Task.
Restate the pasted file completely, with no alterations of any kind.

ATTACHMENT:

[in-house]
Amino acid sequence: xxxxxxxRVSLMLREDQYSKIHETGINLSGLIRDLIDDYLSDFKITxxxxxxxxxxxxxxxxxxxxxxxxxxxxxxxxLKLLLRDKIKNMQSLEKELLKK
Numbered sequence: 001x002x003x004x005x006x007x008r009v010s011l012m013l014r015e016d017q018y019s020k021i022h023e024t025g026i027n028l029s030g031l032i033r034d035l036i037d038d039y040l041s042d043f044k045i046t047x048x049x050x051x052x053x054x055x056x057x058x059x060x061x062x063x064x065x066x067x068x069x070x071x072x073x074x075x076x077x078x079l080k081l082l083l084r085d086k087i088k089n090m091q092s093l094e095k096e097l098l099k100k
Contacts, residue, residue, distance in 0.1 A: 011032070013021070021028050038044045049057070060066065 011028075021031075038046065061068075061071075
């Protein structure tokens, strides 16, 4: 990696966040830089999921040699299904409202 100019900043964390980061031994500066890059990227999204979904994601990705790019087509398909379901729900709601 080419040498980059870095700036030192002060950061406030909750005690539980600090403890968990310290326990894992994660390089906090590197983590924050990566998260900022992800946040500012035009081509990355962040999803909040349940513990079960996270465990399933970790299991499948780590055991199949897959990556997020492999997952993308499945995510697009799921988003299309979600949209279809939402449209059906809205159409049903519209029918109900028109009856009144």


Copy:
[in-house]
Amino acid sequence: xxxxxxxRVSLMLREDQYSKIHETGINLSGLIRDLIDDYLSDFKITxxxxxxxxxxxxxxxxxxxxxxxxxxxxxxxxLKLLLRDKIKNMQSLEKELLKK
Numbered sequence: 001x002x003x004x005x006x007x008r009v010s011l012m013l014r015e016d017q018y019s020k021i022h023e024t025g026i027n028l029s030g031l032i033r034d035l036i037d038d039y040l041s042d043f044k045i046t047x048x049x050x051x052x053x054x055x056x057x058x059x060x061x062x063x064x065x066x067x068x069x070x071x072x073x074x075x076x077x078x079l080k081l082l083l084r085d086k087i088k089n090m091q092s093l094e095k096e097l098l099k100k
Contacts, residue, residue, distance in 0.1 A: 011032070013021070021028050038044045049057070060066065 011028075021031075038046065061068075061071075
């Protein structure tokens, strides 16, 4: 990696966040830089999921040699299904409202 100019900043964390980061031994500066890059990227999204979904994601990705790019087509398909379901729900709601 080419040498980059870095700036030192002060950061406030909750005690539980600090403890968990310290326990894992994660390089906090590197983590924050990566998260900022992800946040500012035009081509990355962040999803909040349940513990079960996270465990399933970790299991499948780590055991199949897959990556997020492999997952993308499945995510697009799921988003299309979600949209279809939402449209059906809205159409049903519209029918109900028109009856009144």